• http://www.marketingeconomist.com Peter St Onge

    There’s this market research element to politics, where you can get an edge from grasping and riding the zeitgeist. On the other hand, politics has long had gentleman’s agreements that limit embarrassing situations – woe to the broadcaster who puts the President on the spot in an interview, for example. Generally access was used as a carrot and a stick.

    So in the new world of SM, in theory politicians can get a better idea of what voters want. For them, that’s balanced against the inconvenience of, as you say, losing their power to control the discussion.

    It’ll be very interesting to see how it pans out. My guess is, as you say, the older guys’ll try to use SM like the old media. That won’t work, so a new batch of SM-aware politicos could sweep them out.

  • http://www.online-business-virtual-assistant.com/ Virtual Business Assistant

    I feel its a great way to get connected with people and get back any kind of views of any new developments…

    “Online Business Virtual Assistant”

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  • http://websuccessdiva.com Maria Reyes-McDavis

    Politicians and government representatives need to understand, the days of teleprompters and speaking at constituents is in stark contrast to actually talking with them… especially when you’re considered hypocritical or seen as simply broadcasting!  Much like businesses make the mistake of grouping social media as just another broadcasting channel, #Obama (and others) need to step up their social game and become truly engaging, collaborative–rather than using these tools as another campaigning tool.  #CompromiseFailed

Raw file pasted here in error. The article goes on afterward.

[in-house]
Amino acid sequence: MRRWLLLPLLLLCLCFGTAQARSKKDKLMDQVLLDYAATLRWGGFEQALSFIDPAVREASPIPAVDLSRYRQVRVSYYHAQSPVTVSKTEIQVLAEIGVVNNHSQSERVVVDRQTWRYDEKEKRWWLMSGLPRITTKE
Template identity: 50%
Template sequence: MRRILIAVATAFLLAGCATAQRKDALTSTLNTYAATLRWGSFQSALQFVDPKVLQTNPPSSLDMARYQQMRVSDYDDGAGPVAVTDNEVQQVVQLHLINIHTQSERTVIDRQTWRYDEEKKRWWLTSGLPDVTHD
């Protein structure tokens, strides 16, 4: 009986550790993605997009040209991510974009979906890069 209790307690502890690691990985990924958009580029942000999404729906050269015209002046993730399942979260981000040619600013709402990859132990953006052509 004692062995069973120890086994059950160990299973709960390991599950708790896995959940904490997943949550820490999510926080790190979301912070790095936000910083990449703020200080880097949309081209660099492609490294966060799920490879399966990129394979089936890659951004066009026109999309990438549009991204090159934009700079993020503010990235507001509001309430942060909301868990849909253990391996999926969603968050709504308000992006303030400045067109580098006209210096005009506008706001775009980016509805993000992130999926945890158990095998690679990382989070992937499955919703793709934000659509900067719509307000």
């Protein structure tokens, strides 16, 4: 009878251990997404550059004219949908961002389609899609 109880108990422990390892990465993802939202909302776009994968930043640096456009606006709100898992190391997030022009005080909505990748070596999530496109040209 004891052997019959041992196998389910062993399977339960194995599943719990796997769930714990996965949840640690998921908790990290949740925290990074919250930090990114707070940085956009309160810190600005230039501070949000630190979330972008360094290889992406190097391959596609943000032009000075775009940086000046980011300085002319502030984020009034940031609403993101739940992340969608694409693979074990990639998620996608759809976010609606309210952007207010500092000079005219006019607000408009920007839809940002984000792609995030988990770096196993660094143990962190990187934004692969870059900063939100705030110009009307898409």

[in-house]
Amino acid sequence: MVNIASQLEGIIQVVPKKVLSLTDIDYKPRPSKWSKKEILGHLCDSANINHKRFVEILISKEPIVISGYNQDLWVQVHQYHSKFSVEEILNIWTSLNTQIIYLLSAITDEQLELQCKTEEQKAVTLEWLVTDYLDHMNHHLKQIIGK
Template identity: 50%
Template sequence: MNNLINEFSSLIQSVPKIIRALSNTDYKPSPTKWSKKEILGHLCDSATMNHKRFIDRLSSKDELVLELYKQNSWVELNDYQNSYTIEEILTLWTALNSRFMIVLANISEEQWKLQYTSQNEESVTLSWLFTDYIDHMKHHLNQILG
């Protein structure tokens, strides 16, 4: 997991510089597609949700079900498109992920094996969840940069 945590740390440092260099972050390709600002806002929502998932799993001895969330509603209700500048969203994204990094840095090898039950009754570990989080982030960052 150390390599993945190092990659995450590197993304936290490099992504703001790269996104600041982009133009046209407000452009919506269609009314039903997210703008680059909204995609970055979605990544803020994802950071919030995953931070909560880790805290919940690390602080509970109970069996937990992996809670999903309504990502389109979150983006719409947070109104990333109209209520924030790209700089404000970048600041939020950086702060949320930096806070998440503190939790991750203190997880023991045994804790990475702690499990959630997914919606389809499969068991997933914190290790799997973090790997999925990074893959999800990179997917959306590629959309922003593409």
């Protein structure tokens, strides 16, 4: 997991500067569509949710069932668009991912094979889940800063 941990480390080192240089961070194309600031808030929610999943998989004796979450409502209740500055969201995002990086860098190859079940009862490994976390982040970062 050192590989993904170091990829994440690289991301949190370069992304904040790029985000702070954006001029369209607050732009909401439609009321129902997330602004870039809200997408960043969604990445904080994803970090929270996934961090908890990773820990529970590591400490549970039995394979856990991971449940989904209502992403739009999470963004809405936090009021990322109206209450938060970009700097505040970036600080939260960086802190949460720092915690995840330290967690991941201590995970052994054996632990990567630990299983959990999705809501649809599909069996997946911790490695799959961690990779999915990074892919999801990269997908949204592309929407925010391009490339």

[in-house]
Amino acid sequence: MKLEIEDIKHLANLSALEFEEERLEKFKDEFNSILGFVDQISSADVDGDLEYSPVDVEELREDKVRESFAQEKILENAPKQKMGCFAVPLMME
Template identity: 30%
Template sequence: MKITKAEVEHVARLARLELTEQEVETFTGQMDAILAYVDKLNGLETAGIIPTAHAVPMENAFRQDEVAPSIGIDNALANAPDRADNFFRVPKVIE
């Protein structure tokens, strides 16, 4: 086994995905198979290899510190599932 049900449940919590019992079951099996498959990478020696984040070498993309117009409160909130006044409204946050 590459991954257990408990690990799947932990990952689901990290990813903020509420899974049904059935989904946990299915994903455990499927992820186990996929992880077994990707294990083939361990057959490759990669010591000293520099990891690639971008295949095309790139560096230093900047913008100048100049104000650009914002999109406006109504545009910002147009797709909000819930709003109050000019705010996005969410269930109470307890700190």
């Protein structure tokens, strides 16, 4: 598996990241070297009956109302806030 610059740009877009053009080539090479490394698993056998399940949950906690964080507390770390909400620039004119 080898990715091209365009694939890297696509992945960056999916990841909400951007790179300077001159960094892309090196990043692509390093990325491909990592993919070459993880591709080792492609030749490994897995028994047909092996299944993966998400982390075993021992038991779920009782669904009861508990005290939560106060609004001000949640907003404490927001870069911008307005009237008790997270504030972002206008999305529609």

• http://twitter.com/KendraSchultz Kendra Schultz

    Politicians speaking to their constituents via twitter is a great avenue for a more open dialogue, but in this case it was a matter of HOW he was speaking to them – or rather, AT them. What could have been an engaging conversation via a series of hashtags unfortunately turned into twitter spam and thousands of unfollows. Mr. President and his team need to realize that it’s called social media for a reason; to be social, to be engaging, to respond to others, etc. More of my thoughts on this here: http://hmapr.com/?p=4592.

    • http://twitter.com/Nichole_Kelly Nichole Kelly

      Kendra – Thanks for sharing! I agree, this was an example of a poorly executed social campaign. I was quite surprised as the Obama team tends to be much more sophisticated on a social media front than this campaign showed.

  • http://www.socialmarketingdynamics.com/ Sydney @ Social Dynamics

    It’s a great avenue, although the question is, is it helping them make true to their promises and whatever conversation or dialogue you had shared with them in their social stream? It would be a pity if they only used it as a PR tool, hopefully we can see positive changes in the near future.

    • http://twitter.com/Nichole_Kelly Nichole Kelly

      Sydney – I agree. I think part of the concern is that it opens the door for the public to hold politicians more accountable for what they say versus what they do.